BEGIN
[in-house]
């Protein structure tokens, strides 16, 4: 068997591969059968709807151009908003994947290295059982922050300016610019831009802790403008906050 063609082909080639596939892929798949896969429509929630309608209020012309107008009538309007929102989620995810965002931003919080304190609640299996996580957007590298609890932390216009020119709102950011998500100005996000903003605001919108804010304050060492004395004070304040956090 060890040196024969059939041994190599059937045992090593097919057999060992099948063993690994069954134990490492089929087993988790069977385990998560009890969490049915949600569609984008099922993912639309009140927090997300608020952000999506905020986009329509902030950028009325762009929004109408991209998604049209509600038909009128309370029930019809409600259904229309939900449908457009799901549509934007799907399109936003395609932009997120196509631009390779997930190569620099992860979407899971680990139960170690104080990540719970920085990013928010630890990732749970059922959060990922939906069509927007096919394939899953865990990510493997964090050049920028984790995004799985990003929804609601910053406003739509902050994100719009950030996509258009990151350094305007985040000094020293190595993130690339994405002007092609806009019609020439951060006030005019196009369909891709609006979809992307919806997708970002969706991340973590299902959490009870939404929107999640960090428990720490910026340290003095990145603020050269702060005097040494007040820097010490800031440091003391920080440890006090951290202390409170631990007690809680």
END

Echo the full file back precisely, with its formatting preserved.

[in-house]
């Protein structure tokens, strides 16, 4: 068997591969059968709807151009908003994947290295059982922050300016610019831009802790403008906050 063609082909080639596939892929798949896969429509929630309608209020012309107008009538309007929102989620995810965002931003919080304190609640299996996580957007590298609890932390216009020119709102950011998500100005996000903003605001919108804010304050060492004395004070304040956090 060890040196024969059939041994190599059937045992090593097919057999060992099948063993690994069954134990490492089929087993988790069977385990998560009890969490049915949600569609984008099922993912639309009140927090997300608020952000999506905020986009329509902030950028009325762009929004109408991209998604049209509600038909009128309370029930019809409600259904229309939900449908457009799901549509934007799907399109936003395609932009997120196509631009390779997930190569620099992860979407899971680990139960170690104080990540719970920085990013928010630890990732749970059922959060990922939906069509927007096919394939899953865990990510493997964090050049920028984790995004799985990003929804609601910053406003739509902050994100719009950030996509258009990151350094305007985040000094020293190595993130690339994405002007092609806009019609020439951060006030005019196009369909891709609006979809992307919806997708970002969706991340973590299902959490009870939404929107999640960090428990720490910026340290003095990145603020050269702060005097040494007040820097010490800031440091003391920080440890006090951290202390409170631990007690809680």